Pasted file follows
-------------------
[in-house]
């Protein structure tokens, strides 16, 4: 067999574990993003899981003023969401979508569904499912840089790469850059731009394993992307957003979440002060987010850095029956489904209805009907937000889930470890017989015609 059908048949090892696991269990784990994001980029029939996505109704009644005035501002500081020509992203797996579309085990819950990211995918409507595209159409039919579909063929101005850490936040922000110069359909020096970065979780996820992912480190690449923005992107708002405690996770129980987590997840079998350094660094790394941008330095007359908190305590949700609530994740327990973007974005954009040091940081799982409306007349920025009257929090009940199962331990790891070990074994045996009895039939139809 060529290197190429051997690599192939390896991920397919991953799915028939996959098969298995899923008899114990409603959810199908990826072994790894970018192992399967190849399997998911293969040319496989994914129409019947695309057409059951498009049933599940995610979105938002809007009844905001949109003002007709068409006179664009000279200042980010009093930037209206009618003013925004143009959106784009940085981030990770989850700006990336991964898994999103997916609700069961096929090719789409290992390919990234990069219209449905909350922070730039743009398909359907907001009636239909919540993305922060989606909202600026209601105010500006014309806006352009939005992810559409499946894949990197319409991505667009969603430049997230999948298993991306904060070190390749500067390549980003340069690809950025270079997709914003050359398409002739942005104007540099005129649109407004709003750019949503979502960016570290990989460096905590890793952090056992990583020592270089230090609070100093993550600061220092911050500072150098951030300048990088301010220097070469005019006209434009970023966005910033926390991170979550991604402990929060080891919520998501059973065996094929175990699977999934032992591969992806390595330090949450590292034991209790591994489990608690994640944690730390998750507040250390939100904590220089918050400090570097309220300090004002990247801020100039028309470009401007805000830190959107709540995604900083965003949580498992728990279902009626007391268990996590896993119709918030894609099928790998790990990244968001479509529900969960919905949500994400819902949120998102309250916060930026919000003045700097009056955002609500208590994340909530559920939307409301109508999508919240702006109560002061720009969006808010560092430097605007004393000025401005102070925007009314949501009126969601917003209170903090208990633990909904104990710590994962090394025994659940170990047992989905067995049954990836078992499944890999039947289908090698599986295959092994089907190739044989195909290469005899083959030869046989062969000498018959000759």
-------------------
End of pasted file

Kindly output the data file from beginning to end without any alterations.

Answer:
[in-house]
């Protein structure tokens, strides 16, 4: 067999574990993003899981003023969401979508569904499912840089790469850059731009394993992307957003979440002060987010850095029956489904209805009907937000889930470890017989015609 059908048949090892696991269990784990994001980029029939996505109704009644005035501002500081020509992203797996579309085990819950990211995918409507595209159409039919579909063929101005850490936040922000110069359909020096970065979780996820992912480190690449923005992107708002405690996770129980987590997840079998350094660094790394941008330095007359908190305590949700609530994740327990973007974005954009040091940081799982409306007349920025009257929090009940199962331990790891070990074994045996009895039939139809 060529290197190429051997690599192939390896991920397919991953799915028939996959098969298995899923008899114990409603959810199908990826072994790894970018192992399967190849399997998911293969040319496989994914129409019947695309057409059951498009049933599940995610979105938002809007009844905001949109003002007709068409006179664009000279200042980010009093930037209206009618003013925004143009959106784009940085981030990770989850700006990336991964898994999103997916609700069961096929090719789409290992390919990234990069219209449905909350922070730039743009398909359907907001009636239909919540993305922060989606909202600026209601105010500006014309806006352009939005992810559409499946894949990197319409991505667009969603430049997230999948298993991306904060070190390749500067390549980003340069690809950025270079997709914003050359398409002739942005104007540099005129649109407004709003750019949503979502960016570290990989460096905590890793952090056992990583020592270089230090609070100093993550600061220092911050500072150098951030300048990088301010220097070469005019006209434009970023966005910033926390991170979550991604402990929060080891919520998501059973065996094929175990699977999934032992591969992806390595330090949450590292034991209790591994489990608690994640944690730390998750507040250390939100904590220089918050400090570097309220300090004002990247801020100039028309470009401007805000830190959107709540995604900083965003949580498992728990279902009626007391268990996590896993119709918030894609099928790998790990990244968001479509529900969960919905949500994400819902949120998102309250916060930026919000003045700097009056955002609500208590994340909530559920939307409301109508999508919240702006109560002061720009969006808010560092430097605007004393000025401005102070925007009314949501009126969601917003209170903090208990633990909904104990710590994962090394025994659940170990047992989905067995049954990836078992499944890999039947289908090698599986295959092994089907190739044989195909290469005899083959030869046989062969000498018959000759």